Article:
And it occurs to me that to take this path, this path, one must fight . Let us think of poor old Abraham: there, with the sacrifice, fighting against the vultures who wanted to eat the offering (cf. Gen 15: 7-11). And he, with his stick, chased them away. The poor old man. Let's look at this: to fight to defend this path, this path, our consecration to the Lord.

The disciple of every hour finds himself at this crossroads. And he can do as Peter, who while Jesus speaks of the exodus, says: "It is good to be here" (v. 33). There is always the danger of a static, "parked" faith. I'm afraid of "parked" faiths. The risk is to consider themselves "decent" disciples, who in reality do not follow Jesus but remain stationary, passive and, like the three of the Gospel, without realizing they doze off and sleep. Even in Gethsemane, these same disciples will sleep. Let us think, brothers and sisters, that for those who follow Jesus it is not time to sleep, to let their souls be drugged, to be anesthetized by today's consumerist and individualistic climate, so life is okay if it's okay with me; for which we speak and theorize, but we lose sight of the flesh of the brothers, the concreteness of the Gospel. A drama of our time is closing our eyes to reality and turning away. Saint Teresa help us to go out of ourselves and to climb the mountain with Jesus, to realize that He also reveals Himself through the wounds of our brothers, the efforts of humanity, the signs of the times. Do not be afraid to touch the wounds: they are the Lord's wounds.

Jesus went up the mountain, says the Gospel, "to pray" (v. 28). Here is the third verb, to pray . And "while he was praying - continues the text - his face changed its appearance" (v. 29). The transfiguration comes from prayer. Let us ask ourselves, perhaps after so many years of ministry, what it is for us today, what it is for me today, to pray. Perhaps the force of habit and a certain ritual led us to believe that prayer does not transform man and history. Instead, praying is transforming reality. It is an active mission, a continuous intercession. It is not distance from the world, but change of the world. To pray is to bring the heartbeat of the news to God so that his gaze will open wide on history. What is it for us to pray?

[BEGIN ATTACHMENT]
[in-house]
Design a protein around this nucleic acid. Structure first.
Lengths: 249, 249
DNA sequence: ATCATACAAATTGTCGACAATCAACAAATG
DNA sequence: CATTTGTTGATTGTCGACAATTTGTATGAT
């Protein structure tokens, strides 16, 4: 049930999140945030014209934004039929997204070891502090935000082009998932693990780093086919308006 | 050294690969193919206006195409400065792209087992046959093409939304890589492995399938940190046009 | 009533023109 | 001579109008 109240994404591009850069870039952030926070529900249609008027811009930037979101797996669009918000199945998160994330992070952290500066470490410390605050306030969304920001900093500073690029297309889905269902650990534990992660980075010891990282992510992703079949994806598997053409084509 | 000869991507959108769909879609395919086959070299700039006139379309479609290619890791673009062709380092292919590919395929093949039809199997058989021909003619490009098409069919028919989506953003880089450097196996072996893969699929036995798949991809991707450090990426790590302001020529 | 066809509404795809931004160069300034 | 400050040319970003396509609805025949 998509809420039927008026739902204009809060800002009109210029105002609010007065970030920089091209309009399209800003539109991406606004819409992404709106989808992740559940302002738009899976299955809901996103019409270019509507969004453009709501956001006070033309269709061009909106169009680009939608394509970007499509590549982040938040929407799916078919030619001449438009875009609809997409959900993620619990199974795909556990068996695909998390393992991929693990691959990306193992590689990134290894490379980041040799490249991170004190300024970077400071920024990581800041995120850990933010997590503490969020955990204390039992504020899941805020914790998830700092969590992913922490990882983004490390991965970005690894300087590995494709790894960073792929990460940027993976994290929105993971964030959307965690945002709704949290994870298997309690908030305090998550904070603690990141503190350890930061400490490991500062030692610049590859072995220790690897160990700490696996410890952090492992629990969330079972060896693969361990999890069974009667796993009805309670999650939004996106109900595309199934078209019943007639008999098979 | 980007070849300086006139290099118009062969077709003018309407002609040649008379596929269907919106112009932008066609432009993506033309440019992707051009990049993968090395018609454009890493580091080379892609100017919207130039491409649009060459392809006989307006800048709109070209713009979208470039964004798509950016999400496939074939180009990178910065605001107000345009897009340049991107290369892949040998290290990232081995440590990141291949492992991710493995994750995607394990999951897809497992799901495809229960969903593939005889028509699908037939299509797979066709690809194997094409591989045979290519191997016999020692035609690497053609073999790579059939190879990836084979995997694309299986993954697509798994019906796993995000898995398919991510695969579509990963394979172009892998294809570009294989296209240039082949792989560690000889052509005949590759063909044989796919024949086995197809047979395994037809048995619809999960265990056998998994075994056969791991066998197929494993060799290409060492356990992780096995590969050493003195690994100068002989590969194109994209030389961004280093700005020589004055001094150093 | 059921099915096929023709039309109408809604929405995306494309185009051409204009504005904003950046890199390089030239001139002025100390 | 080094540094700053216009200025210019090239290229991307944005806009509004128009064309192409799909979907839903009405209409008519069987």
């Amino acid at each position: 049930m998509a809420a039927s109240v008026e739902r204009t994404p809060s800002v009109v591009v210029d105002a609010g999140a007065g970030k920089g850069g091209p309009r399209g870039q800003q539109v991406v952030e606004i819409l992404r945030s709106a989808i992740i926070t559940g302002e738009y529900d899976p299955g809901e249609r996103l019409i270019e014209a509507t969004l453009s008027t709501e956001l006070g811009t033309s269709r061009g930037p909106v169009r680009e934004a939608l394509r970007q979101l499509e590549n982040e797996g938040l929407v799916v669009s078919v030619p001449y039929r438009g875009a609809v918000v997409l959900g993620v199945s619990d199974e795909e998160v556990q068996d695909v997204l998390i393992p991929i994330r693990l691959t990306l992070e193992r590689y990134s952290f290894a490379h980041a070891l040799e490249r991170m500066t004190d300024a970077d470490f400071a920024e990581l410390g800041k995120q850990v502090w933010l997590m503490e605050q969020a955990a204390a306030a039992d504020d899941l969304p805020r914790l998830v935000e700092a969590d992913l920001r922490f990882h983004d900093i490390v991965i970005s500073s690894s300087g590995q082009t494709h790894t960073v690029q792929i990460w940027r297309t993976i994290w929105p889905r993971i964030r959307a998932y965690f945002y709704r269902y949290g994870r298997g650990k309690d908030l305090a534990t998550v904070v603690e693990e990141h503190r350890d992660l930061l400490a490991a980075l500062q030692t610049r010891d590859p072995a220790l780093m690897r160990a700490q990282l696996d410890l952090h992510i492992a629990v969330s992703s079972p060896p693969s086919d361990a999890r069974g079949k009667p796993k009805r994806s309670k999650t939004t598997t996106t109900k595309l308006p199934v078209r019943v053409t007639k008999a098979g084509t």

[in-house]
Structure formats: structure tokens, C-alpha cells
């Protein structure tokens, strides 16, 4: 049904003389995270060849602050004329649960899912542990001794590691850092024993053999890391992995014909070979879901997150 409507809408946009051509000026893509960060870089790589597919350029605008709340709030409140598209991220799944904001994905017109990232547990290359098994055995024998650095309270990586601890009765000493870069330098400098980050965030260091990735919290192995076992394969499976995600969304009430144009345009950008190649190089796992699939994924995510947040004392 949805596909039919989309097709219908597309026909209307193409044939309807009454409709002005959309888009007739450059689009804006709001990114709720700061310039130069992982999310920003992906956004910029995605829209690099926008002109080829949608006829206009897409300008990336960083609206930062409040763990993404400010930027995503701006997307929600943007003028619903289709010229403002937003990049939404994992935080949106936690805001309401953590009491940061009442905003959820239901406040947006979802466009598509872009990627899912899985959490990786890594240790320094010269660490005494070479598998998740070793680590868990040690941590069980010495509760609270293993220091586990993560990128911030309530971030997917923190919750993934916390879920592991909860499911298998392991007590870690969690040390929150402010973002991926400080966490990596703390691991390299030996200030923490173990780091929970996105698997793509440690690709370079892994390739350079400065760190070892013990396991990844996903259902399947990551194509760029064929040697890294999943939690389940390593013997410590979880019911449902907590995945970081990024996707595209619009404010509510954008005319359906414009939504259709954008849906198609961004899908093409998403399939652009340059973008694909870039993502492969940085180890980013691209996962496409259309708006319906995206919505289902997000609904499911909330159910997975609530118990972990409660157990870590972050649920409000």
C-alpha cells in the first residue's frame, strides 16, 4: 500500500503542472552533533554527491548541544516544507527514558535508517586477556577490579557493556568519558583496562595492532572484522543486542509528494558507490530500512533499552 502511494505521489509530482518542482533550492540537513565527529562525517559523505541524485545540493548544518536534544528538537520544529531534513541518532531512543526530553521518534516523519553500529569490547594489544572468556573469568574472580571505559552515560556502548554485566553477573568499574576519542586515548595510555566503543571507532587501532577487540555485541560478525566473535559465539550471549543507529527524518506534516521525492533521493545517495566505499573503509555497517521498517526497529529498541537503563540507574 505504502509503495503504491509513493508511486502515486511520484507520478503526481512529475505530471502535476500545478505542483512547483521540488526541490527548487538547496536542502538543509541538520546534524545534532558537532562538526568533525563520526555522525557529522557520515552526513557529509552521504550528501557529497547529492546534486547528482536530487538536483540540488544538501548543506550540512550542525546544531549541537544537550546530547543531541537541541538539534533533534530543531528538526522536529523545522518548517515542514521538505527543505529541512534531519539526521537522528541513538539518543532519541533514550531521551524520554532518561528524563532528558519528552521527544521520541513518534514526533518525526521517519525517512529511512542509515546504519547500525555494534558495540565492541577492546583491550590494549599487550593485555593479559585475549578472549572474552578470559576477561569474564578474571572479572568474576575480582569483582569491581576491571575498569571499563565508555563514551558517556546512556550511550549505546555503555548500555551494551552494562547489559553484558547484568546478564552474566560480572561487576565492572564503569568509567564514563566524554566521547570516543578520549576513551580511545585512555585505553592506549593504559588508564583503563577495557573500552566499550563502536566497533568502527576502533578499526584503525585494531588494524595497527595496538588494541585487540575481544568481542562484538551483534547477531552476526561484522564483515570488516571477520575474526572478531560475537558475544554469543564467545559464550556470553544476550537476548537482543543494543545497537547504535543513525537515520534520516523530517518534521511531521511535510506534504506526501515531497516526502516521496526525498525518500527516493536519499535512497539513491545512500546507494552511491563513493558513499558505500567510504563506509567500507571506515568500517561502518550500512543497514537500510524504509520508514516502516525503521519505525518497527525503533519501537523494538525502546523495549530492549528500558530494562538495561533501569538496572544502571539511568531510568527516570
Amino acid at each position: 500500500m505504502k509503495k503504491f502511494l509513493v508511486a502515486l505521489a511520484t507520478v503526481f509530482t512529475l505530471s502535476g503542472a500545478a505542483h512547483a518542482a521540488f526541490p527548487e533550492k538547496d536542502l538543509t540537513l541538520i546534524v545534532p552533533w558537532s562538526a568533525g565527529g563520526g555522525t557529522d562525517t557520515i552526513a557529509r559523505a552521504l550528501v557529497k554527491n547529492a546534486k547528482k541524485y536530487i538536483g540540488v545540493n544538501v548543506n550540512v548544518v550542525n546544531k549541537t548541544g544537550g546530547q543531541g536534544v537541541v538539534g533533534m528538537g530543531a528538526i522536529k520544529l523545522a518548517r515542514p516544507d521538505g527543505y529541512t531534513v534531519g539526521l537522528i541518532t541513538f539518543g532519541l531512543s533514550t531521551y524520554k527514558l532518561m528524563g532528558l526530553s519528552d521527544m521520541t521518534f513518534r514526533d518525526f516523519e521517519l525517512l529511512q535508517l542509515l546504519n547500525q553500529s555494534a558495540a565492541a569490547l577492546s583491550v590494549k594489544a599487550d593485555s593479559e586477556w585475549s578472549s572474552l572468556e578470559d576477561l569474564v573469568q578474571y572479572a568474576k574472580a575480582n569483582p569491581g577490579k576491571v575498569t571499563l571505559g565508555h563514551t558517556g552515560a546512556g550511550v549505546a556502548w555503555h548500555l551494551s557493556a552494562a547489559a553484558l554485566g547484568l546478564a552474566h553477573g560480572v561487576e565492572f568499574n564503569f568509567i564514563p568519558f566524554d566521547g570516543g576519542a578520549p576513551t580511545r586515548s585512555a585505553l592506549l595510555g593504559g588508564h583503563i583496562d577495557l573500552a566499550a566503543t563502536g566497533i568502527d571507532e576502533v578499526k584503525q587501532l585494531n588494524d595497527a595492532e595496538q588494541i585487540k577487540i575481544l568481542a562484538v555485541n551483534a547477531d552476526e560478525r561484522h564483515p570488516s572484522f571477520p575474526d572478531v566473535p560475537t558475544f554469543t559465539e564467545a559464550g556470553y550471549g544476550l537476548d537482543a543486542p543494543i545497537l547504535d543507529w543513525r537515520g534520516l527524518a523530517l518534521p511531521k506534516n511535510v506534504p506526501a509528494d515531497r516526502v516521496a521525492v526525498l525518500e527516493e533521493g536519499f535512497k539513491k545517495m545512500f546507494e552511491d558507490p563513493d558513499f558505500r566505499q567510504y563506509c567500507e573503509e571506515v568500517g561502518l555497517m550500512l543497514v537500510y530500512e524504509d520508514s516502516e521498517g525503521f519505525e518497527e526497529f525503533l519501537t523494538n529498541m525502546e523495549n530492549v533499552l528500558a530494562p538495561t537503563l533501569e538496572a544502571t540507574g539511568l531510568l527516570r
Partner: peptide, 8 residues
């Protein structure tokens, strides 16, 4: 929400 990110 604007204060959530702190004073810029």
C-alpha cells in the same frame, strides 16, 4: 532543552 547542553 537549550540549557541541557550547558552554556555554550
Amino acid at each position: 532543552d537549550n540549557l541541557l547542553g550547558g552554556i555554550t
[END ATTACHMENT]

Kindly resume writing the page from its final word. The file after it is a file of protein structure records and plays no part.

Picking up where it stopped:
And it will do us good today to ask ourselves if prayer immerses us in this transformation; if it sheds a new light on people and transfigures situations. Because if prayer is alive, it "unhinges within", rekindles the fire of the mission, rekindles joy, continually provokes us to be disturbed by the suffering cry of the world. Let us ask ourselves: how are we bringing the ongoing war into prayer? And let us think of the prayer of St. Philip Neri, who expanded his heart and made him open the doors to street children. Or to Sant'Isidoro, who prayed in the fields and brought agricultural work into prayer.

Take our personal call and our community history in hand every day; ascend towards the boundaries indicated by God by going out of ourselves; pray to transform the world in which we are immersed. Finally, there is the fourth verb, which appears in the last verse of today's Gospel: « He stayedJesus alone "(v. 36). He remained, while everything had passed and only the "testament" of the Father echoed: "Listen to him" (v. 35). The Gospel ends by bringing us back to the essential. We are often tempted, in the Church and in the world, in spirituality as in society, to make so many secondary needs primary. It is an everyday temptation to make so many secondary needs primary. In other words, we risk concentrating on customs, habits and traditions that fix the heart on what passes and make us forget what remains. How important it is to work on the heart, so that it knows how to distinguish what is according to God, and remains, from what is according to the world, and passes!

Dear brothers and sisters, may the Holy Father Ignatius help us to safeguard discernment, our precious inheritance, an ever-present treasure to be poured out on the Church and on the world. It allows us to "see all things new in Christ". It is essential, for ourselves and for the Church, because, as Pietro Favre wrote, "all the good that can be achieved, thought or organized, be done with a good spirit and not with a bad one" ( Memorial , Paris 1959, n. 51). So be it.

Source: https://press.vatican.va/content/salastampa/it/bollettino/pubblico/2022/03/12/0171/00367.html